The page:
A zombie has no moral compass. That's why I
had no compunctions about eating David, my best friend, and his tuna fish
sandwich. Apparently there's something morally wrong with this, but I'm not
sure why. When I was cornered by zombies in front of his house, David let me in
and saved me. We discussed the situation while eating lunch. We didn't realize
I had been bitten until after I turned. Perhaps it was wrong for me to eat his
tuna fish sandwich, since it was his, but I was really hungry.
I was a little full when I cornered his
daughter Suzy in her bedroom. She was screaming like humans do when faced with
a zombie. I don't know why. Her mom had also been screaming when she ran out
the front door. There seemed something wrong about this, but I'm not sure whyóshouldn't moms and daughters stay together, like mashed potatoes
and gravy? But gravy is good, even ŗ
I figured I'd eat only some of Suzy and leave
the rest for later. Or maybe notóeven zombies can overeat,
and I had a lot of David in me. She was eighteen, with pale, juicy skin,
dressed in a red polka-dot party dress. Spattered blood would ruin the
aesthetically pleasing white dots. I remember many years ago my mom making
smiley faces out of my food on my plate, and I still ate it, so I guess that's
the price of eating.
"Why aren't you eating me?" asked
Suzy as I paced about, figuring how much of Suzy I could fit inside of me. I
was once a math professoróDavid and I were
colleagues at the university and we were both still wearing our tweed jackets
with the elbow patchesóand being a zombie didn't
dull my three-dimensional geometry skills. Any more than an arm or a head and
I'd burst. Of course, that would just let out some of David, allowing me to eat
more of Suzy, so there was that. I continued to pace about, opening and closing
my jaws in silent calculation. Every time I used pi in an equation it only made me hungrier.
"Professor Wills, I'm guessing you ate
so much of my dad that you don't have room for more," she said, trembling
slightly. "Am I right?" A smart child. Her long blond hair would be
convenient for holding her when I ate her, like a stick on a lollipop.
"I've known you all my life," she
continued. "I don't think you want to eat me." Perhaps not so smart
after all. For what possible reason wouldn't I want to eat her just because I'd
known her a long time? Would she avoid eating canned tuna just because the can
had been in the pantry a long time? I didn't see the logic. Even zombies digest
food, and soon I'd have room for her to join her father. V=4/3πabc doesn't lie.
"There's a program for people like
you," said Suzy. "Zombies Anonymous. It's a step-by-step program for
zombies to recover and stop being zombies. Would you like to learn more about
I vaguely remembered hearing of this, but
only as a joke spread at horror conventions. After the Zombie Apocalypse, it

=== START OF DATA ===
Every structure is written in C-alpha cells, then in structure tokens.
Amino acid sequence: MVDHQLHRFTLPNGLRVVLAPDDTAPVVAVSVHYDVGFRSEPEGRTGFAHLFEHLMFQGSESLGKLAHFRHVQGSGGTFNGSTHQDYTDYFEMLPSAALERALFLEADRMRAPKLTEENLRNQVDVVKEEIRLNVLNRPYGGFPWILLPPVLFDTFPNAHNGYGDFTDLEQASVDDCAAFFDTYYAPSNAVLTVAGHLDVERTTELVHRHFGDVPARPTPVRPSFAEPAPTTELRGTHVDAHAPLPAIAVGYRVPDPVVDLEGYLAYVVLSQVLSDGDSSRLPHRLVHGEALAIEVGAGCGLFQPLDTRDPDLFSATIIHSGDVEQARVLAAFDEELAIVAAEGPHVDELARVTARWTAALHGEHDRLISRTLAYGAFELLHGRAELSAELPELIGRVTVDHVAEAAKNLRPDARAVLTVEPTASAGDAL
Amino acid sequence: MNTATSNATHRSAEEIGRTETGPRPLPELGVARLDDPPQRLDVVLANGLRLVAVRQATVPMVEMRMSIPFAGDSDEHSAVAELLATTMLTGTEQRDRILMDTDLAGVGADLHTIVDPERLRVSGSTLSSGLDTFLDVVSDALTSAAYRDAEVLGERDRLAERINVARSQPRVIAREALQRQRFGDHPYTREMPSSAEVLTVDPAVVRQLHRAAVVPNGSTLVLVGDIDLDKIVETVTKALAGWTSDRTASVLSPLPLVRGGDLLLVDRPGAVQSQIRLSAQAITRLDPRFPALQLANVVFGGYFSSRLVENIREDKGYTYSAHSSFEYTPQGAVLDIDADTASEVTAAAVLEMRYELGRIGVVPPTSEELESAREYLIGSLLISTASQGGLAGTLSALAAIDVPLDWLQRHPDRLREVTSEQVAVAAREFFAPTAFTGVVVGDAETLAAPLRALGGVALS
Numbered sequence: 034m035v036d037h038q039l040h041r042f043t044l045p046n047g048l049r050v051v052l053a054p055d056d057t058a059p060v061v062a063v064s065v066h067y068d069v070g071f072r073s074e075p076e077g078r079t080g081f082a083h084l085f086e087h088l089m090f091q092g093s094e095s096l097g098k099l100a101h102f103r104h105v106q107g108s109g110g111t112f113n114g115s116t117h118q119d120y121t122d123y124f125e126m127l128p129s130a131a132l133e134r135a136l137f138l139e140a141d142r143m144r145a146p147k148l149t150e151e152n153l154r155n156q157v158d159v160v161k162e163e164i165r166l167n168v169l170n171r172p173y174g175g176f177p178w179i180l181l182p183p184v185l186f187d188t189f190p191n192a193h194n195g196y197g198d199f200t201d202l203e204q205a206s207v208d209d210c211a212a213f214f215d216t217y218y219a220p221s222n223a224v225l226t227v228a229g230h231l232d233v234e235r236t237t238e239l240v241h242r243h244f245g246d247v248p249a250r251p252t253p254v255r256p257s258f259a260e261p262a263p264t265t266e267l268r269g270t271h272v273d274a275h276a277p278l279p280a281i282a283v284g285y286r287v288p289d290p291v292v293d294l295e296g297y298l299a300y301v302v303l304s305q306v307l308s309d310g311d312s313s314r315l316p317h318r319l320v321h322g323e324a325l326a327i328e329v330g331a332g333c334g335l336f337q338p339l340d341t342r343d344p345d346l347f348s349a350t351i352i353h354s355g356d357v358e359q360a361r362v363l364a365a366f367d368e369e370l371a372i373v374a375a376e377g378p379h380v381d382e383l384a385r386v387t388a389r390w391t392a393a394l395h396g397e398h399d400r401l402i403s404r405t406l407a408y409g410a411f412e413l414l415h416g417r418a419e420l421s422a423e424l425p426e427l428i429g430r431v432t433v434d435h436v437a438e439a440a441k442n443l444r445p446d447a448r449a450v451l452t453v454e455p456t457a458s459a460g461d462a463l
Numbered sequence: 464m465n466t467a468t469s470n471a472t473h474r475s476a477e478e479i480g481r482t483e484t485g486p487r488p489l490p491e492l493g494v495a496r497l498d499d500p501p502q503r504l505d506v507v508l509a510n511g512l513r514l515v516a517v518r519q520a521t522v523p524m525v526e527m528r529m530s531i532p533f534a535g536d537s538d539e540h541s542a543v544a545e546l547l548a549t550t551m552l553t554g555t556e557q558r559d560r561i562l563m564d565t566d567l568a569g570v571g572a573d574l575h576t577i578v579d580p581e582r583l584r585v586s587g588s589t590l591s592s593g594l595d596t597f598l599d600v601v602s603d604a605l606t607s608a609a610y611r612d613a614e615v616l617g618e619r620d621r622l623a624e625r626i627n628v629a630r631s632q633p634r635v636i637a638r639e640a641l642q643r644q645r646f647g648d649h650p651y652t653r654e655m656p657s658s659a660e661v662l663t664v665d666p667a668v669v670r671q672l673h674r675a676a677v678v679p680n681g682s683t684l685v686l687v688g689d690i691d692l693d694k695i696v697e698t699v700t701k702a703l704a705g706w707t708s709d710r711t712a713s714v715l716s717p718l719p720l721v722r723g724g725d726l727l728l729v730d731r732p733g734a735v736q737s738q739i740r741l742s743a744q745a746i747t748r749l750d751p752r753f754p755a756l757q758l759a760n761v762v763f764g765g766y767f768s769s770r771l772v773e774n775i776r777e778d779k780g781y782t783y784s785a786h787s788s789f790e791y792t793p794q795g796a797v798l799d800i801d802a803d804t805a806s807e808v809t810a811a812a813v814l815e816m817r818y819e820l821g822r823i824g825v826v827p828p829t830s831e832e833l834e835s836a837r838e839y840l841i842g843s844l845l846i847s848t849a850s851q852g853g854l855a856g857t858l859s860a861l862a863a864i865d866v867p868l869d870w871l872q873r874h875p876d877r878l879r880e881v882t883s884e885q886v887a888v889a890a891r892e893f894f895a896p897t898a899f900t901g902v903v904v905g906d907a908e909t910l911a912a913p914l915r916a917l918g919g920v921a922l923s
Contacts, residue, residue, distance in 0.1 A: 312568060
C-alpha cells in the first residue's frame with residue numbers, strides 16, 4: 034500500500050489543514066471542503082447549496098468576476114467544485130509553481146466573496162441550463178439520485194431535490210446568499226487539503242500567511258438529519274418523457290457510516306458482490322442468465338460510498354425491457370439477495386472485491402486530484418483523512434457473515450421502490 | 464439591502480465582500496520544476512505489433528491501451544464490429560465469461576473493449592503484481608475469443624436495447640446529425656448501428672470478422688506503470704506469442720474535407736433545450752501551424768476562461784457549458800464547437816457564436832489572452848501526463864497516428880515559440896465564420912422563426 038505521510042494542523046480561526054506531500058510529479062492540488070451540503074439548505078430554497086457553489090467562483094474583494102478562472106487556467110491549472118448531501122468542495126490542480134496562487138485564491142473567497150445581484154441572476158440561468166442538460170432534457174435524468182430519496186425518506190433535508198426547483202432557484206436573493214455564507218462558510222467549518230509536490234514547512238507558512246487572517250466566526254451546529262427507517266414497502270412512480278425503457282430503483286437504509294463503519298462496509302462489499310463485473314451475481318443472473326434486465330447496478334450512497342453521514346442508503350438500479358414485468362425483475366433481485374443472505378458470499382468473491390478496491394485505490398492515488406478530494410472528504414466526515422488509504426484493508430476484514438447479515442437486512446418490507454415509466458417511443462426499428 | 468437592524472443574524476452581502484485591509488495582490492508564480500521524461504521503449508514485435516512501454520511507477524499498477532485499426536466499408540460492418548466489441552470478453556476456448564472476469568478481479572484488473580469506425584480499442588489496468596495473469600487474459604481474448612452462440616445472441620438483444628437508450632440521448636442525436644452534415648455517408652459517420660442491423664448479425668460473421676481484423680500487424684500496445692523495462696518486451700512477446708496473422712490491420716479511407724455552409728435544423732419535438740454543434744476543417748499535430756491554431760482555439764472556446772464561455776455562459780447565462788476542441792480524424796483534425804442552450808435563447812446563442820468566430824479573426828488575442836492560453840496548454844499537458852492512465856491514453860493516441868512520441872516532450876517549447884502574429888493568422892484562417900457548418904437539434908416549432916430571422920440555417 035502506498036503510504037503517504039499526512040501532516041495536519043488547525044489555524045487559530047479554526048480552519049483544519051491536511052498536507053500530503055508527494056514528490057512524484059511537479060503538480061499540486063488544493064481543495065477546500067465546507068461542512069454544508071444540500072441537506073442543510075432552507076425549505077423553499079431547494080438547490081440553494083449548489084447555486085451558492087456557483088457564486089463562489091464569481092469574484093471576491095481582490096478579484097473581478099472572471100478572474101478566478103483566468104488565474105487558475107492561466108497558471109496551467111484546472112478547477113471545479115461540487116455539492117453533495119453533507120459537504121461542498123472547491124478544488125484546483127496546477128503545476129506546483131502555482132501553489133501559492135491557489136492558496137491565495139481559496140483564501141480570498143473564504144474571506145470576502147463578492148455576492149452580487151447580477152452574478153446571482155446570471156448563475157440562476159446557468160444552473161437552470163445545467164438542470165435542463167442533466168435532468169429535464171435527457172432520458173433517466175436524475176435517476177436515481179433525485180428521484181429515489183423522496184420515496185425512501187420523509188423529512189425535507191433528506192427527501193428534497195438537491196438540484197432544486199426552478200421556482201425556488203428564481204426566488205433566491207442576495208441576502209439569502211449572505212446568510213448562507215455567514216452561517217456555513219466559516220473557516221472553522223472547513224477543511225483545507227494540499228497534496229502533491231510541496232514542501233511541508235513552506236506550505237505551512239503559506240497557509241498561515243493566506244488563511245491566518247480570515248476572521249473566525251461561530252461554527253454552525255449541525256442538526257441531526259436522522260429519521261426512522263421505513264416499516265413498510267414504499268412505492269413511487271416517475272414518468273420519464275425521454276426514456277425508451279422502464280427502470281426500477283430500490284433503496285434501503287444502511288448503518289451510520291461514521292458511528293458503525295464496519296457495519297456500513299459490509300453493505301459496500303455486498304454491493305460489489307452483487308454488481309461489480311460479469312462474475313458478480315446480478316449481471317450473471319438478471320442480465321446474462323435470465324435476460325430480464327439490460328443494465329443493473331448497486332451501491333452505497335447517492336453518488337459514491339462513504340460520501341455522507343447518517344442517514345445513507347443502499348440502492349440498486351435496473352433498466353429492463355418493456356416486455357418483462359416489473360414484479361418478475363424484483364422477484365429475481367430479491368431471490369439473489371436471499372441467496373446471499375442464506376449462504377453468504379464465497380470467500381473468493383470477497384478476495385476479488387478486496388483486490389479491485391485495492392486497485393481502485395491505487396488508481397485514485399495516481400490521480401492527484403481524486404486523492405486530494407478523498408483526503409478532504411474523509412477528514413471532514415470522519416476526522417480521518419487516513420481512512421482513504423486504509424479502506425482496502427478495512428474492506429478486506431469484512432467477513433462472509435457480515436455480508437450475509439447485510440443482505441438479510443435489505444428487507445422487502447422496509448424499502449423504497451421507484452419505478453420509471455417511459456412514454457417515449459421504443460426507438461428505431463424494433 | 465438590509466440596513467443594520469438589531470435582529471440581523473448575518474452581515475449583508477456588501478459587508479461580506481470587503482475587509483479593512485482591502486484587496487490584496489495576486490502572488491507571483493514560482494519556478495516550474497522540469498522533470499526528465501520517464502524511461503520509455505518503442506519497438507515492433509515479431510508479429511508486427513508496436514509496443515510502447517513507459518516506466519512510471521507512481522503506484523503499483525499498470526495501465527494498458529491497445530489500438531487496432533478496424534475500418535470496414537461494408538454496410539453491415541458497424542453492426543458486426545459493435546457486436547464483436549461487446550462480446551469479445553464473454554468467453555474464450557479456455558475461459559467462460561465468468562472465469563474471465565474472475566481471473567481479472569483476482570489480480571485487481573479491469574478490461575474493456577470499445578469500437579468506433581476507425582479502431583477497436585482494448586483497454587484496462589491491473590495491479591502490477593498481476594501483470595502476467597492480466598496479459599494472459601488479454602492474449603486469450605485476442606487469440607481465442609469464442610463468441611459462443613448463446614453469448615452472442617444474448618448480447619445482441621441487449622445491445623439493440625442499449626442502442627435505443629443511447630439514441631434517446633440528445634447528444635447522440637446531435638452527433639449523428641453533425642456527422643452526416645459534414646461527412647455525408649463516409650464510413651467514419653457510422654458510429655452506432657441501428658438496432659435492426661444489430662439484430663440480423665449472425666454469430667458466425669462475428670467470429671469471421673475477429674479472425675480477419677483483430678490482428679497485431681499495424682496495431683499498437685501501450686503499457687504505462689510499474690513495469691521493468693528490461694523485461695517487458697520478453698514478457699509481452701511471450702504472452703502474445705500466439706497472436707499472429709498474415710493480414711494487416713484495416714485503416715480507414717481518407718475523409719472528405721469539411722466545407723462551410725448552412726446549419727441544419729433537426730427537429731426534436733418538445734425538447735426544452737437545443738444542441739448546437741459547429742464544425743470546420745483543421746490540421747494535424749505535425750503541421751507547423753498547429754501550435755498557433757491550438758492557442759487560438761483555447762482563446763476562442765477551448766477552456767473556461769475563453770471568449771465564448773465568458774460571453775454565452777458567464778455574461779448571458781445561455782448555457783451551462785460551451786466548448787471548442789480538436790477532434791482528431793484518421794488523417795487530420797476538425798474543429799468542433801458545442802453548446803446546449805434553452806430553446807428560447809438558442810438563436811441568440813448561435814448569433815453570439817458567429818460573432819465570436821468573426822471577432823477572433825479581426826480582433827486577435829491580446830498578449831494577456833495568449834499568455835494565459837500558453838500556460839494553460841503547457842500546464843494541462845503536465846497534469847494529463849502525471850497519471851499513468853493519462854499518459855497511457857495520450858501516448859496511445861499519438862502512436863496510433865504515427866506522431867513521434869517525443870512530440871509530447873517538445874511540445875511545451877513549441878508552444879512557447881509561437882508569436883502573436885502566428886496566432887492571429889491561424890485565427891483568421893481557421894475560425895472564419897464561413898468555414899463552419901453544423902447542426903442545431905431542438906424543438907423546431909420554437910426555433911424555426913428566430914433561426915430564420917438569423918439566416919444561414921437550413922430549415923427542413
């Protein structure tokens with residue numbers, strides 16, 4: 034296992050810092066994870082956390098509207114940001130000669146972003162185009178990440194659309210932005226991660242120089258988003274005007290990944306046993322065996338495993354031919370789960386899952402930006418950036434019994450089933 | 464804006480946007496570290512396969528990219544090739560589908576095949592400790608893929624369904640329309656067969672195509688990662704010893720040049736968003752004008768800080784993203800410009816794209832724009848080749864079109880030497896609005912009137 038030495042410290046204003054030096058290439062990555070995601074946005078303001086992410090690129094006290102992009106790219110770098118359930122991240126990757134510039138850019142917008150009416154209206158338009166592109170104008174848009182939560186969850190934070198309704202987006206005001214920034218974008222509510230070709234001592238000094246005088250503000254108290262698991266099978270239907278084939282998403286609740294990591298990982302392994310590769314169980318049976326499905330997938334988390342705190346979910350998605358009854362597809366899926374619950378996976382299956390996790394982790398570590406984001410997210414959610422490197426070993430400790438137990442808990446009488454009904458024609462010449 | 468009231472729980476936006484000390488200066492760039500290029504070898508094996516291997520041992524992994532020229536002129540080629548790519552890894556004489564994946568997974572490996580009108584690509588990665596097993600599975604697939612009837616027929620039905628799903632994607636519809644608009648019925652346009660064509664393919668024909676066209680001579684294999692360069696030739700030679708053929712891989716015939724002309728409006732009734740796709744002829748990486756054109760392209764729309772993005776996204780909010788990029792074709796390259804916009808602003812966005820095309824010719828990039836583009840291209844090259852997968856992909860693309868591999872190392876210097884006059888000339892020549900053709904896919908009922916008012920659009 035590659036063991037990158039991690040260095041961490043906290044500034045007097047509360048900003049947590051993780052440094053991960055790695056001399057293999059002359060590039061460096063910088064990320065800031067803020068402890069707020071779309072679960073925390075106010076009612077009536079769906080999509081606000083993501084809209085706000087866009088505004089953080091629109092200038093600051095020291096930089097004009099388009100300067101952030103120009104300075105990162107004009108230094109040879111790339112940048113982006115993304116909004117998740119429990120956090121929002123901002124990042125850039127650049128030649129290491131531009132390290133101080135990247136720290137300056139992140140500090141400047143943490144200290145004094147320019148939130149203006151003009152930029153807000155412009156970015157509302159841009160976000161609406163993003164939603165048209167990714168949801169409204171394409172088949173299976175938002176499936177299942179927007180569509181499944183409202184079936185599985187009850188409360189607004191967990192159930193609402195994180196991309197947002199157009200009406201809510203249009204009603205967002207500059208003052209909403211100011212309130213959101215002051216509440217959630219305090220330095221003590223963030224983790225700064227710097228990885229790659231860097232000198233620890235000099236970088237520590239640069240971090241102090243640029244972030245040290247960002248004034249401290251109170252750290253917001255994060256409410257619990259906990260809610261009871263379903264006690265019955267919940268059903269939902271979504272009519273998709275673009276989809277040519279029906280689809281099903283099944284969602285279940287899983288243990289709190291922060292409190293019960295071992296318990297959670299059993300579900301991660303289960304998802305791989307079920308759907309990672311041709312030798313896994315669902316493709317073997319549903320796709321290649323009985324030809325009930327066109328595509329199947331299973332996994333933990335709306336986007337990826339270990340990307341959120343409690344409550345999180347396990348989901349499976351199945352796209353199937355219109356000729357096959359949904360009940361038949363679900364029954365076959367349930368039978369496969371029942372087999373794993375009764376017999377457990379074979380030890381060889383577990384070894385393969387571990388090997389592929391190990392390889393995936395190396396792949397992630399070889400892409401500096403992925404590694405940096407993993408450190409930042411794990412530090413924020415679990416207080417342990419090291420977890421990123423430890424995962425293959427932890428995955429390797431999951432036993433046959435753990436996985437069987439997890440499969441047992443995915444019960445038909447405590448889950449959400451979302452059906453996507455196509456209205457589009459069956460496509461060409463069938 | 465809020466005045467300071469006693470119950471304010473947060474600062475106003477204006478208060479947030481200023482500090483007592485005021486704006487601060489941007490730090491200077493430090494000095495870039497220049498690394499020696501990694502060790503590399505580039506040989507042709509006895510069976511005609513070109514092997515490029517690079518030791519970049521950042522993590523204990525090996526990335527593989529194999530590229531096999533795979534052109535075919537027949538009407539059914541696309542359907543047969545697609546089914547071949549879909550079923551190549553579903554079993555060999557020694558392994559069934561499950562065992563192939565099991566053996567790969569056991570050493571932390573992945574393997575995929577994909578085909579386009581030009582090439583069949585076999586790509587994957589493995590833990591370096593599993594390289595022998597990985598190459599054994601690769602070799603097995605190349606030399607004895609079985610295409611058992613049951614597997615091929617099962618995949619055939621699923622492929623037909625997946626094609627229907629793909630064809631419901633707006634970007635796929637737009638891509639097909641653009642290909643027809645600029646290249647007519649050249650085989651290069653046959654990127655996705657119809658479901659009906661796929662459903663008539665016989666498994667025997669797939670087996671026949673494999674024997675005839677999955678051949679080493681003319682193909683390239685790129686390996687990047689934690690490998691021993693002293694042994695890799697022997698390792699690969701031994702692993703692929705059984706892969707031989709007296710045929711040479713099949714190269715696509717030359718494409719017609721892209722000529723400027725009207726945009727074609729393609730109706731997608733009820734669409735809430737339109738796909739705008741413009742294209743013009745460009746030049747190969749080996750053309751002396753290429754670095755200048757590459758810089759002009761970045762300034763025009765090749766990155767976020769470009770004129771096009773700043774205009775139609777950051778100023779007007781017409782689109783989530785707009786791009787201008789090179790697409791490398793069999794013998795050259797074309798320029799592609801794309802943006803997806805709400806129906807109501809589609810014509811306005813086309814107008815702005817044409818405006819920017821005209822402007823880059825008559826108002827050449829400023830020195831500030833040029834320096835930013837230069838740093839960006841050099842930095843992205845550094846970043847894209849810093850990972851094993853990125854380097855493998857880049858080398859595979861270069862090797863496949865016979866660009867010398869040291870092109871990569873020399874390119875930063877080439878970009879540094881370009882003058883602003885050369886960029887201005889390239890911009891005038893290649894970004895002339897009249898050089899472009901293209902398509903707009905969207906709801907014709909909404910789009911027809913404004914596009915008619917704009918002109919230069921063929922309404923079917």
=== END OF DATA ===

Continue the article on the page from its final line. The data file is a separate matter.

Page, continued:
might have been taken more seriously, but most of us were fixated on avoiding
zombies and staying alive, though I don't remember why. It sounded like
Alcoholics Anonymous. I stared down at her, my head tilted slightly sideways
like my dog when she wanted a treat. I wonder what canine tastes like. I held
up ten fingers, and then two.
"No, it's not like the twelve steps of
Alcoholics Anonymous," she said. "Those steps rely on God saving you.
If there were a God, there wouldn't be zombies running around eating people,
That did raise an interesting question. A
benevolent God would have hobbled people so we could catch them more easily.
But this raised a separate question. Was there any reason why I wouldn't want
to continue being a zombie? I couldn't think of any.
"There are only three steps to Zombies
Anonymous," continued Suzy. "First, you must admit you are powerless
over being a zombie."
I could agree to that. After all, I was
a zombie. Does a tuna have to admit it is powerless over being a tuna if it
wants to stop being a tuna? Did you know human brains taste like tuna? Yum.
"The second step," Suzy said,
"is to decide that you don't want to be a zombie."
Hold the tuna sandwiches! Why wouldn't I want to be
a zombie? What were the alternatives? Going back to being a human chased by
herds of zombies? Feeling pain? The constant constraints of a moral compass?
I'd managed to navigate life as a human right into adulthood, but it hadn't
been easy. Getting my PhD in math would have been a lot easier if I'd been able
to cheat on exams and eat the bad professors. But for the sake of argument, I'd
conditionally accept the idea that I didn't want to be a zombie.
"The final step," Suzy said,
"is to stop acting like a zombie."
No eating people? Learn a moral compass? That
was a bit much. Would you ask a tuna to stop acting like a tuna? Would that
change the fact that it was still a tuna?
"You won't eat me," Suzy said.
"I know it. You've been a friend of the family for years. You only ate my
dad because you were in a zombie frenzy, but you're over that now. Before you
turned, you were the nicest person I ever knew; you were my hero. You even
inspired me to get this." She held out her arm, showing me that tattoo on
her forearm of the famous math equation, eπi+1=0.
I had been a nice person, though of course
"nice" is just part of that moral compass thing. But I remember being
proud of being nice. I could still be nice. And so I took Suzy's arm in mine.
And took a big bite out of it. It was all
part of Humans Anonymous, that one-step program I'd just invented to introduce
weak, moralistic humans to the freedom of zombiehood. In just minutes, Suzy
would stop screaming, and then, together, we could hunt down her mom (mashed
potatoes!) and the neighbors, and if we still had room, maybe get a tuna